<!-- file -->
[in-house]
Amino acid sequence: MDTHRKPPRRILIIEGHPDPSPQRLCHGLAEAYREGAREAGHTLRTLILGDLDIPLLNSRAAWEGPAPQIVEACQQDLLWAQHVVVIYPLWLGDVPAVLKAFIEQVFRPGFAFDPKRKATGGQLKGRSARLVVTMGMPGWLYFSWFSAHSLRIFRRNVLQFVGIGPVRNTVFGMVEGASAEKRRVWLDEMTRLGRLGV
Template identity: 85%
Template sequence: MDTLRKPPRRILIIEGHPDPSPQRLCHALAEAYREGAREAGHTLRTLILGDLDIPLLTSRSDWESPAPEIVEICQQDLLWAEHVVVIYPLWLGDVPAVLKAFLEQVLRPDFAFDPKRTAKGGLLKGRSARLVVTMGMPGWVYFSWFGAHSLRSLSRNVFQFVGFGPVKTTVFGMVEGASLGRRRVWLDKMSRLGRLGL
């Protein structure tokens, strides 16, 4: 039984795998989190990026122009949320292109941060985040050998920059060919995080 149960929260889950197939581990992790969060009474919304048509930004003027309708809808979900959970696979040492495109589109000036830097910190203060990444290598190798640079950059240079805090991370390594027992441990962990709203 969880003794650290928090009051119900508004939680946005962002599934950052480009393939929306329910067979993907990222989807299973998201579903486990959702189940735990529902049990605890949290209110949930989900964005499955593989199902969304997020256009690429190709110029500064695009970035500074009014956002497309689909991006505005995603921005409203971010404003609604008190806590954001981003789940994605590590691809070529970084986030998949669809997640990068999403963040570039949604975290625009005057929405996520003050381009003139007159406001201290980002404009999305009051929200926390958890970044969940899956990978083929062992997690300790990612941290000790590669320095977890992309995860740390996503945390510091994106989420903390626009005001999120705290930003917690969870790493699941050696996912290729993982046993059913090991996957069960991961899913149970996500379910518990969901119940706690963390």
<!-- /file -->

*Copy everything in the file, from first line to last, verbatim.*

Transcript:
[in-house]
Amino acid sequence: MDTHRKPPRRILIIEGHPDPSPQRLCHGLAEAYREGAREAGHTLRTLILGDLDIPLLNSRAAWEGPAPQIVEACQQDLLWAQHVVVIYPLWLGDVPAVLKAFIEQVFRPGFAFDPKRKATGGQLKGRSARLVVTMGMPGWLYFSWFSAHSLRIFRRNVLQFVGIGPVRNTVFGMVEGASAEKRRVWLDEMTRLGRLGV
Template identity: 85%
Template sequence: MDTLRKPPRRILIIEGHPDPSPQRLCHALAEAYREGAREAGHTLRTLILGDLDIPLLTSRSDWESPAPEIVEICQQDLLWAEHVVVIYPLWLGDVPAVLKAFLEQVLRPDFAFDPKRTAKGGLLKGRSARLVVTMGMPGWVYFSWFGAHSLRSLSRNVFQFVGFGPVKTTVFGMVEGASLGRRRVWLDKMSRLGRLGL
């Protein structure tokens, strides 16, 4: 039984795998989190990026122009949320292109941060985040050998920059060919995080 149960929260889950197939581990992790969060009474919304048509930004003027309708809808979900959970696979040492495109589109000036830097910190203060990444290598190798640079950059240079805090991370390594027992441990962990709203 969880003794650290928090009051119900508004939680946005962002599934950052480009393939929306329910067979993907990222989807299973998201579903486990959702189940735990529902049990605890949290209110949930989900964005499955593989199902969304997020256009690429190709110029500064695009970035500074009014956002497309689909991006505005995603921005409203971010404003609604008190806590954001981003789940994605590590691809070529970084986030998949669809997640990068999403963040570039949604975290625009005057929405996520003050381009003139007159406001201290980002404009999305009051929200926390958890970044969940899956990978083929062992997690300790990612941290000790590669320095977890992309995860740390996503945390510091994106989420903390626009005001999120705290930003917690969870790493699941050696996912290729993982046993059913090991996957069960991961899913149970996500379910518990969901119940706690963390």